The trains in Shanghai are awesome. Well, most of them. One line is particularly rail-car noisey, but most are newish. They have gasoline and bomb/incendiary detectors because some mental job took gasoline onto a bus and ignited it, reducing the transit bus to a twisted hulking shell. Do NOT be like one of the several local twit assholes who condescended the scanner operators -- that ass scoffed and refused to put his bag onto the scanner. ALL rail stations have them, display signs in multiple languages asking compliance, and the workers are non-intrusive. Or, they are bored, but, they tend to let travelers bring through all sorts of "stufff". I am surprised the USA and ROK do not employ these scanners. Wait.... They might -- the just might be embedded backscatter-types not disclosed to the public, in sensitive stations. WOULD create more jobs for DHLS and the scanner makers, though. Only requires the government staging a few bus-burnings by a "forgotten" cannister, but where SWAT in a "timely" manner uses a "tip" to clear the buses just before a SWAT-triggered or DHLS-triggered ignition. So long as no on dies, it would be a pretty nifty trick. Burn a half-mil bus to the ground a few times and in 4 months cause contracts that circulate a ffew billions of dollars in jobs and manufacturing. But, I die...Ummm, digress.
If you get the runs or have a weak bladder and mustt use the subways, then know that in Shanghai, you need not worry. Sanely, and heart-warmingly, the subways have on-platform toilets. Not necessarily 100% clean, but at leastt it is not something stupid like in SF where you must go up 2 or 3 levels from the platform just to get to the toilet level. IF the station is underground, then the toilet is either outside the paid area, locked, or both, "locked due to heightened security concerns" bullshit of an excuse. If China, with far more domestic terrrorists than the USA can allow u/g toilets in 2 to 3 locations, on platform, in almost every station, then BART/MUNI excuses are either outright lies, or are meant to reduce use of unionized cleaning crews. At LEAST Japan, South Korea, and PRC employ the elderly to sweep, mop, de-litter, and change overhead lighting. (Was impressive in Seoul to see 55+yo Ajummas not only changing lights and cleaning ventilation grilles in the overheads, they also pushed the damned rolling platforms, too.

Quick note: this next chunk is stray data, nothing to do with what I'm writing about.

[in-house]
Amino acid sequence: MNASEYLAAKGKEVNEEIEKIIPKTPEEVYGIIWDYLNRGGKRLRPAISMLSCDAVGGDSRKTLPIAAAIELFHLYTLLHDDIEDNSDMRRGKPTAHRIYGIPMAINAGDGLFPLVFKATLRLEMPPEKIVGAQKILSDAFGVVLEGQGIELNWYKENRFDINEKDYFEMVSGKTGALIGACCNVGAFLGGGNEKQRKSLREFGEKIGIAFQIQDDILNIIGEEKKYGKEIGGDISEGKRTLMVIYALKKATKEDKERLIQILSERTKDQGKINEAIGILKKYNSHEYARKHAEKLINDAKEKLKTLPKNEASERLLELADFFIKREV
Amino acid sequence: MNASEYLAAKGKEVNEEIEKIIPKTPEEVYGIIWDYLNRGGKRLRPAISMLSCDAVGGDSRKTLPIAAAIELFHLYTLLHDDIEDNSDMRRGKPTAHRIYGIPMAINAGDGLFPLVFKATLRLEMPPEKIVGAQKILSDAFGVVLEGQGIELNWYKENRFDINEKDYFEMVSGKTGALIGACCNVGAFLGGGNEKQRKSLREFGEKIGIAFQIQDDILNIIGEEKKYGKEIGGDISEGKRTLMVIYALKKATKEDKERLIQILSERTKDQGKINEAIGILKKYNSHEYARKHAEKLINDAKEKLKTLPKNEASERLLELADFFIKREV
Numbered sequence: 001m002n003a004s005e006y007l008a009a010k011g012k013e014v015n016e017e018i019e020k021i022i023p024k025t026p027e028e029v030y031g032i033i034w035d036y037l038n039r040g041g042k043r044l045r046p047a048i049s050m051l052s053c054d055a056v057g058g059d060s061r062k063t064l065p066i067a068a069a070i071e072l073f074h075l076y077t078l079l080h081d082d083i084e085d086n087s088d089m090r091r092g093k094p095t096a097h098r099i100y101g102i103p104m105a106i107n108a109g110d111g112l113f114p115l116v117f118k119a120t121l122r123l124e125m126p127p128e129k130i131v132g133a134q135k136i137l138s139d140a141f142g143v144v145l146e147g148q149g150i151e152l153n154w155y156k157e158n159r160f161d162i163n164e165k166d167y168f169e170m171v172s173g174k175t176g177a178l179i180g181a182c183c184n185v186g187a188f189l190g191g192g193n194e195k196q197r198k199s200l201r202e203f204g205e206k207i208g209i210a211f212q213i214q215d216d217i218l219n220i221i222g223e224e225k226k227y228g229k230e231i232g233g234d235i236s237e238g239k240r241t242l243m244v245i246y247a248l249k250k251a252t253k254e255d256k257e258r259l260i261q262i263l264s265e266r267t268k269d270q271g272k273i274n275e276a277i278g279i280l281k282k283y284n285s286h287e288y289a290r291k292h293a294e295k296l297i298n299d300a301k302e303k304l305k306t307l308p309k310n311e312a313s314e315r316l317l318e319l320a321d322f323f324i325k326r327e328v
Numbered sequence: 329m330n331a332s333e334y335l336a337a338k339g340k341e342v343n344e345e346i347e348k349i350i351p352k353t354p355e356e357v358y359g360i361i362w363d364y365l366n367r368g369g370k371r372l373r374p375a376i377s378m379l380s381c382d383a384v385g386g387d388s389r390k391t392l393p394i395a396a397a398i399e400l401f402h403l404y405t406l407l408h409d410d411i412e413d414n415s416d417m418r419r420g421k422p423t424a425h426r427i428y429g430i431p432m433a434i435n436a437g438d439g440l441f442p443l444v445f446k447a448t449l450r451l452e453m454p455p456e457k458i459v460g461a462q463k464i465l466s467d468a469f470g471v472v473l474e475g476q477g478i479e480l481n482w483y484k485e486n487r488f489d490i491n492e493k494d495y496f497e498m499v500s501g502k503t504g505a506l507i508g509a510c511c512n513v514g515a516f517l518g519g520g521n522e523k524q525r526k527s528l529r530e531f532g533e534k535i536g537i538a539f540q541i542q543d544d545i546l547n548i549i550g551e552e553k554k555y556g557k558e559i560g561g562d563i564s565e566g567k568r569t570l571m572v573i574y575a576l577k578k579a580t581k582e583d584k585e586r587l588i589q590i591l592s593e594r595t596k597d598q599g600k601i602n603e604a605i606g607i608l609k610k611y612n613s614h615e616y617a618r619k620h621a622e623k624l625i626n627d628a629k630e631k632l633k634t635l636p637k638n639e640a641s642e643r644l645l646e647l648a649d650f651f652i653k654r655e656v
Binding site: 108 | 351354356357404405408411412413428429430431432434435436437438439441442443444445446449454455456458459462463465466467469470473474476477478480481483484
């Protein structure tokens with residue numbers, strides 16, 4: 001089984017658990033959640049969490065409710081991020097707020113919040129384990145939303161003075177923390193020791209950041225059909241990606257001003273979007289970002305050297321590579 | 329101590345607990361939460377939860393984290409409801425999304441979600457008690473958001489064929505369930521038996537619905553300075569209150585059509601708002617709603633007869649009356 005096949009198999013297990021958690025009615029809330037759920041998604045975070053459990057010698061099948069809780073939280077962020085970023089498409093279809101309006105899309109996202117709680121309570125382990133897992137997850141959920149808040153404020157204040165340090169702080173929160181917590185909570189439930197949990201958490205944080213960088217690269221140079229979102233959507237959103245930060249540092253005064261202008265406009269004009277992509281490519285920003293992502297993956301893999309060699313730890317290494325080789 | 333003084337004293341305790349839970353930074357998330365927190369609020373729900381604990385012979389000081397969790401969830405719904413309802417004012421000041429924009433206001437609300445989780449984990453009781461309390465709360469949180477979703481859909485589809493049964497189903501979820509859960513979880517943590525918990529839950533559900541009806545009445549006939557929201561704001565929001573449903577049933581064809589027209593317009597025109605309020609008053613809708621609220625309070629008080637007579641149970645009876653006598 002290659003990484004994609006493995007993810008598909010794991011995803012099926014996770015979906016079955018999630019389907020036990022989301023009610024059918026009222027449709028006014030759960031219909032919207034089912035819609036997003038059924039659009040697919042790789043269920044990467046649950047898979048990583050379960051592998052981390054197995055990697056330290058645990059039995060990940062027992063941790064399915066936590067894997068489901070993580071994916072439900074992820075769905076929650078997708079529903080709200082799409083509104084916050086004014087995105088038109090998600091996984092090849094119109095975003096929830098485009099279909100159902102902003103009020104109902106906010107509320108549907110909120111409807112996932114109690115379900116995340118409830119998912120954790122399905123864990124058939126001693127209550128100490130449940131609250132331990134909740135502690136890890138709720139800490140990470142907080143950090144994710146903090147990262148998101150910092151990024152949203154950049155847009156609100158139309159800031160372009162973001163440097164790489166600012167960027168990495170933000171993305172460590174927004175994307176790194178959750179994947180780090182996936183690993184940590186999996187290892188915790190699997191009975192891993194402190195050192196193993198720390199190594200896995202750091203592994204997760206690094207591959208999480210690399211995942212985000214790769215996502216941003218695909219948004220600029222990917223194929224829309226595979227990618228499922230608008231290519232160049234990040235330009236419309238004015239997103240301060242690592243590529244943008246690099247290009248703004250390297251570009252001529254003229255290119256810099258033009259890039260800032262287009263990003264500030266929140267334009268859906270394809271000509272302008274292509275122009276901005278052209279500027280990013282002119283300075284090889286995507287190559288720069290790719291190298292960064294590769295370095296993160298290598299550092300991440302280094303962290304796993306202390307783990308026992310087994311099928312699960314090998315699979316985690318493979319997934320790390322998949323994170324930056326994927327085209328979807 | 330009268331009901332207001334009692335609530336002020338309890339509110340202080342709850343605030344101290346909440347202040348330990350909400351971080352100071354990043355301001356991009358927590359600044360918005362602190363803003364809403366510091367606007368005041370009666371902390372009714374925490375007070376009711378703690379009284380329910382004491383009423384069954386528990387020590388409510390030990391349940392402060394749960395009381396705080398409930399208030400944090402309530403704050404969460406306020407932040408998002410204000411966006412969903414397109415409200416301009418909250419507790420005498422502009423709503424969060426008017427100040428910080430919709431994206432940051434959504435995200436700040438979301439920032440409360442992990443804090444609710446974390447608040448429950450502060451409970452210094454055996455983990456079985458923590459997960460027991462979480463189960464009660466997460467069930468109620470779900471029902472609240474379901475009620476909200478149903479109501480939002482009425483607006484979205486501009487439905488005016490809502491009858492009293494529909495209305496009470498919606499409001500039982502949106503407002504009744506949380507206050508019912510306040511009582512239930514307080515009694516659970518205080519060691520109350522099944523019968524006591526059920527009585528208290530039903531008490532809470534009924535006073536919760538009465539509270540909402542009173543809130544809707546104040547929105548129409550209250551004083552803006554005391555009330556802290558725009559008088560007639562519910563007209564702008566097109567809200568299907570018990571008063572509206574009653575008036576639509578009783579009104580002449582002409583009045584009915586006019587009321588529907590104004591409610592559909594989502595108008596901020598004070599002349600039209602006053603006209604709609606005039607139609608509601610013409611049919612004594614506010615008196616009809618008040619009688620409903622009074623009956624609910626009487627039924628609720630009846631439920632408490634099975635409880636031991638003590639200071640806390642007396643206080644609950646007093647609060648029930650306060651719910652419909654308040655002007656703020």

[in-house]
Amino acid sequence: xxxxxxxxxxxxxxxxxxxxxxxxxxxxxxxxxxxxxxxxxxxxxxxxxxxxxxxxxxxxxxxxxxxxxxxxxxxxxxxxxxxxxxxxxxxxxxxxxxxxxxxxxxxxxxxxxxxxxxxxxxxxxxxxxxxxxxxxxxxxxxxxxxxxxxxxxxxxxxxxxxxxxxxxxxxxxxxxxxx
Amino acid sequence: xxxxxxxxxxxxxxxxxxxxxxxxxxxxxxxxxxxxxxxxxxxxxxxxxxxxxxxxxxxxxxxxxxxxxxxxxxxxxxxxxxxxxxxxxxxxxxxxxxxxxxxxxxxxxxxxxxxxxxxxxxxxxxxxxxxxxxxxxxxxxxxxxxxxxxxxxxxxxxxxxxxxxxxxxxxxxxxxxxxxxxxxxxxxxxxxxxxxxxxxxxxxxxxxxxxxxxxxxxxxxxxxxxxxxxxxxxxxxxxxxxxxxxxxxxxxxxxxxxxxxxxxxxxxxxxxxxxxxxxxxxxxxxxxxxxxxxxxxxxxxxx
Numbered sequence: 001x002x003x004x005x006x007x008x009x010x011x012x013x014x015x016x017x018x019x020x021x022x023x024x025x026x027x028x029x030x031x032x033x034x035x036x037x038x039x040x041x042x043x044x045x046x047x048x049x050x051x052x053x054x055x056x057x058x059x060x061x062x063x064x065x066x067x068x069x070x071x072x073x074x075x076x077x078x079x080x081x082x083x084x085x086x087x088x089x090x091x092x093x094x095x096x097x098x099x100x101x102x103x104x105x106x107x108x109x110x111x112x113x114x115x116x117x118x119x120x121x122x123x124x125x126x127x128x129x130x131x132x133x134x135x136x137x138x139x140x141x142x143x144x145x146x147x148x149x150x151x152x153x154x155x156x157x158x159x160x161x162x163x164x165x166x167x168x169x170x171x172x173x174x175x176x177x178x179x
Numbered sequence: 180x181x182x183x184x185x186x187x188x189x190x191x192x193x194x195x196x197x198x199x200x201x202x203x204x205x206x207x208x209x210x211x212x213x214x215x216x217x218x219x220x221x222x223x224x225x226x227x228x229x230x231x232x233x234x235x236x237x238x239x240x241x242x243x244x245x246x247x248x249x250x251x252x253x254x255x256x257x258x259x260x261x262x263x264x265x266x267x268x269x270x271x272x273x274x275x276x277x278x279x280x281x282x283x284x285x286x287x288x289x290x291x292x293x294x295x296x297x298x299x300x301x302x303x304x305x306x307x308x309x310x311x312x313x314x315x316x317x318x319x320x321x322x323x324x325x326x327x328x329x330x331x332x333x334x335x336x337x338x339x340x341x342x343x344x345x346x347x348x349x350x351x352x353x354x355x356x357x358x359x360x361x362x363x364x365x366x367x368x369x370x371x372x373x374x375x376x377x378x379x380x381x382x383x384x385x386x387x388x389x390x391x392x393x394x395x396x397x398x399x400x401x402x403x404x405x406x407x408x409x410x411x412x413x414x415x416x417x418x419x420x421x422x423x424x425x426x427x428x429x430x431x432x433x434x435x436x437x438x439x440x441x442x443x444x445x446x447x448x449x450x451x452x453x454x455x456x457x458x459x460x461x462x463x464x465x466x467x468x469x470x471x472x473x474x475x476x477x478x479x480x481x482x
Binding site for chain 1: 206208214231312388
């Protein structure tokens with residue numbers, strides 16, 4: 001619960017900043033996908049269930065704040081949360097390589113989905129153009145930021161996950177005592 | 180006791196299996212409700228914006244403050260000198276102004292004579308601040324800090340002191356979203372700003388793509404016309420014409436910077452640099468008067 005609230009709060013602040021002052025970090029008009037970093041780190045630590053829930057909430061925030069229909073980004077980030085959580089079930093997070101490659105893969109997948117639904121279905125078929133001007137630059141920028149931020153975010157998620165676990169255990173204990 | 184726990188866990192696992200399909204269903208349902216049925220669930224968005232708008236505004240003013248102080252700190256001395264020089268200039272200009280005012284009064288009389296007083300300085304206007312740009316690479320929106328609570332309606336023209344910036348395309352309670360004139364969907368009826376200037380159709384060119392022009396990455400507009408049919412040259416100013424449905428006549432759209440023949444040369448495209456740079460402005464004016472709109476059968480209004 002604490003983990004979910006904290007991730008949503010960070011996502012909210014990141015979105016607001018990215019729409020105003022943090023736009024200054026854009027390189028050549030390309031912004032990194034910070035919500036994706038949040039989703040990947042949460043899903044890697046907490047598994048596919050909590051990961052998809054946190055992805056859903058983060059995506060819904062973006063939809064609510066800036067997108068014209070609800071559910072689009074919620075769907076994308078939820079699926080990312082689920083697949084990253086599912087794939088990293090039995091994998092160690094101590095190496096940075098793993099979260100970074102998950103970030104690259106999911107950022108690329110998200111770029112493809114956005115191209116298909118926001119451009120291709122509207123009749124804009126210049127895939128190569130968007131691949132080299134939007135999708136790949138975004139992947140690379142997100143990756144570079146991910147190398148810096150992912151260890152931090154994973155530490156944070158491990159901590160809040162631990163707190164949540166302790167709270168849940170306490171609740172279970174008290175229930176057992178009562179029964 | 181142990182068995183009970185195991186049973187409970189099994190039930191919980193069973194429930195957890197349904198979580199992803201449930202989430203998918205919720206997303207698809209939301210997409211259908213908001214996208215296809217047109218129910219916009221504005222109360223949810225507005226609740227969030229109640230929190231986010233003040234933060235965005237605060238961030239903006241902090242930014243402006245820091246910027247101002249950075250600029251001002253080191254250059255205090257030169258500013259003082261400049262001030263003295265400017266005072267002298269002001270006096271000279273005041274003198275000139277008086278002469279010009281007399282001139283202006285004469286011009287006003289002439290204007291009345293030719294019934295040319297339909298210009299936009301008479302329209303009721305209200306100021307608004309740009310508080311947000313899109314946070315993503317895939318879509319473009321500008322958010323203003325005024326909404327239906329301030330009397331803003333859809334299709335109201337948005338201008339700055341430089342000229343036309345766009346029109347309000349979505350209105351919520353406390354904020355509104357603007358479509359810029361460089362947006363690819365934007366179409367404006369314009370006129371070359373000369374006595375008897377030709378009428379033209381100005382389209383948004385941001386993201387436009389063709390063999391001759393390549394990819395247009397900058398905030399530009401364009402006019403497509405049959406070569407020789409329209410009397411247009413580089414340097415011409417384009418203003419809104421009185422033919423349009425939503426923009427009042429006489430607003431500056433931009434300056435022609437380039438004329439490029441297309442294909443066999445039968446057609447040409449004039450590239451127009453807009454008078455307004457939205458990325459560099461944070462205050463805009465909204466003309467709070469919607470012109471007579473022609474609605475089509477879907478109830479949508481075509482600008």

What amount "half" is to someone's pay check determines how that "one" alters his or her spending habits.
If you sweat a lot, take with you at LEAST one stick per month of your favorite anti-perspirant or deodorant. In Shg, a stick is about US $11 -- and the only place i found it was in that ritzy, pricey, underground mall near Century Plaza. Be careful, though, as Customs might wonder whether you are trying to sell some illegally. But, Ii think that any government that restricts a sweat-maker to one stick per 3 months is insane. Duties on deodorant, used only by foreigners, pushing the price to $12 a stick, a stick that seems intentionally formulated by western companies to run down 2x as fast as the doomestic stick, is outlandish.
If you have to accept a pay cut, then import as household goods (or, demand tthat your prospective employer clears through customs your household or hygiene goods that you SHOULD REFUSE to pay duties on) as essential items and get them exempted from limitations as long as you can demonstrate them. Avoid toothpates having xyletol, or other sugar substitutes in them. You might get the runs if you swallow the stuff. But, at least getting the critical hygienic stuff in means you will save loads of money.
Smog was not terrible in Shg to the point of irritating me. Nights were interesting, as it appears to me that buildings are excessively mulit-color strip illuminated to compensate for the gray/terraforming-dome-like canopy of haze at night. By day, especially with rains, the skies were stunningly clear and it was possible to see more than 4 or 5 miles from 20-30-storeys vantage points.